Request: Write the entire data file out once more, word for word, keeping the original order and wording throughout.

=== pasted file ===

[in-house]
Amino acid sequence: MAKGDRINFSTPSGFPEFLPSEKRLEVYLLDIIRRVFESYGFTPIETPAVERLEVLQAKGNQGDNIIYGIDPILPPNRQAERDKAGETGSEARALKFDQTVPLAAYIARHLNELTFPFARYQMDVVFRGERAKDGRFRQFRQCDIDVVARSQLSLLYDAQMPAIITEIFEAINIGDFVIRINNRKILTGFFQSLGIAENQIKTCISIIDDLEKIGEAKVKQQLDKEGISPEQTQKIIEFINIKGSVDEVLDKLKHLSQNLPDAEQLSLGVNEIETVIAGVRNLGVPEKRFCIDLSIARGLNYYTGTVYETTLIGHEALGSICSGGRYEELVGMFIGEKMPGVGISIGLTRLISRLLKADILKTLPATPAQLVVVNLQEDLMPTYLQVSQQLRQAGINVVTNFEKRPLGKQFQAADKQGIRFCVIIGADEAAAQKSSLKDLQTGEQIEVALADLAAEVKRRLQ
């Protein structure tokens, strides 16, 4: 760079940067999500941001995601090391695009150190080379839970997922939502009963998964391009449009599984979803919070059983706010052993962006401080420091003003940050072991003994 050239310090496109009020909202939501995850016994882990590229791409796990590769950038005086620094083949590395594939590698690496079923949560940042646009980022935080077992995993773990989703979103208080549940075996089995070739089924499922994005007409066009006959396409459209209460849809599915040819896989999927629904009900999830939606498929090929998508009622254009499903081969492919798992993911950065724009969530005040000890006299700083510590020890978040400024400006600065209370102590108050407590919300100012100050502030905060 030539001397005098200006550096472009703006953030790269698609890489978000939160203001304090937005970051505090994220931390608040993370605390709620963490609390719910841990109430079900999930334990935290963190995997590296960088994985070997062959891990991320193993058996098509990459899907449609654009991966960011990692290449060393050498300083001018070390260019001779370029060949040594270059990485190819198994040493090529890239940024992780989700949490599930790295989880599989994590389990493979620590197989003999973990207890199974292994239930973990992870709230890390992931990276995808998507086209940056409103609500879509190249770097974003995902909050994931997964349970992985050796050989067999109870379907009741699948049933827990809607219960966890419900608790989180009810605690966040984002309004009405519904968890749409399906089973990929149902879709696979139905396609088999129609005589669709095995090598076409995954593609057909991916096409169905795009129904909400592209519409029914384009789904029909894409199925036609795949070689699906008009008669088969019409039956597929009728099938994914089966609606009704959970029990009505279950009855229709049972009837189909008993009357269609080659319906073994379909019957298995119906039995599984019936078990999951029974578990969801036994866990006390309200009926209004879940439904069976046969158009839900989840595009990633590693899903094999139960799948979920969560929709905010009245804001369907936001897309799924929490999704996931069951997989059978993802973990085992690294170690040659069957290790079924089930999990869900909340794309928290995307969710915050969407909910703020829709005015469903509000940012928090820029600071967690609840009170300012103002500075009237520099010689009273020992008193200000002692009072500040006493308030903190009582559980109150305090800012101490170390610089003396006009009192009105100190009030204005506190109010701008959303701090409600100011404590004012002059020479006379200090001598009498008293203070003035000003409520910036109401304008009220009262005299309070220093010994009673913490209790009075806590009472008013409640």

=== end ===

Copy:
[in-house]
Amino acid sequence: MAKGDRINFSTPSGFPEFLPSEKRLEVYLLDIIRRVFESYGFTPIETPAVERLEVLQAKGNQGDNIIYGIDPILPPNRQAERDKAGETGSEARALKFDQTVPLAAYIARHLNELTFPFARYQMDVVFRGERAKDGRFRQFRQCDIDVVARSQLSLLYDAQMPAIITEIFEAINIGDFVIRINNRKILTGFFQSLGIAENQIKTCISIIDDLEKIGEAKVKQQLDKEGISPEQTQKIIEFINIKGSVDEVLDKLKHLSQNLPDAEQLSLGVNEIETVIAGVRNLGVPEKRFCIDLSIARGLNYYTGTVYETTLIGHEALGSICSGGRYEELVGMFIGEKMPGVGISIGLTRLISRLLKADILKTLPATPAQLVVVNLQEDLMPTYLQVSQQLRQAGINVVTNFEKRPLGKQFQAADKQGIRFCVIIGADEAAAQKSSLKDLQTGEQIEVALADLAAEVKRRLQ
């Protein structure tokens, strides 16, 4: 760079940067999500941001995601090391695009150190080379839970997922939502009963998964391009449009599984979803919070059983706010052993962006401080420091003003940050072991003994 050239310090496109009020909202939501995850016994882990590229791409796990590769950038005086620094083949590395594939590698690496079923949560940042646009980022935080077992995993773990989703979103208080549940075996089995070739089924499922994005007409066009006959396409459209209460849809599915040819896989999927629904009900999830939606498929090929998508009622254009499903081969492919798992993911950065724009969530005040000890006299700083510590020890978040400024400006600065209370102590108050407590919300100012100050502030905060 030539001397005098200006550096472009703006953030790269698609890489978000939160203001304090937005970051505090994220931390608040993370605390709620963490609390719910841990109430079900999930334990935290963190995997590296960088994985070997062959891990991320193993058996098509990459899907449609654009991966960011990692290449060393050498300083001018070390260019001779370029060949040594270059990485190819198994040493090529890239940024992780989700949490599930790295989880599989994590389990493979620590197989003999973990207890199974292994239930973990992870709230890390992931990276995808998507086209940056409103609500879509190249770097974003995902909050994931997964349970992985050796050989067999109870379907009741699948049933827990809607219960966890419900608790989180009810605690966040984002309004009405519904968890749409399906089973990929149902879709696979139905396609088999129609005589669709095995090598076409995954593609057909991916096409169905795009129904909400592209519409029914384009789904029909894409199925036609795949070689699906008009008669088969019409039956597929009728099938994914089966609606009704959970029990009505279950009855229709049972009837189909008993009357269609080659319906073994379909019957298995119906039995599984019936078990999951029974578990969801036994866990006390309200009926209004879940439904069976046969158009839900989840595009990633590693899903094999139960799948979920969560929709905010009245804001369907936001897309799924929490999704996931069951997989059978993802973990085992690294170690040659069957290790079924089930999990869900909340794309928290995307969710915050969407909910703020829709005015469903509000940012928090820029600071967690609840009170300012103002500075009237520099010689009273020992008193200000002692009072500040006493308030903190009582559980109150305090800012101490170390610089003396006009009192009105100190009030204005506190109010701008959303701090409600100011404590004012002059020479006379200090001598009498008293203070003035000003409520910036109401304008009220009262005299309070220093010994009673913490209790009075806590009472008013409640």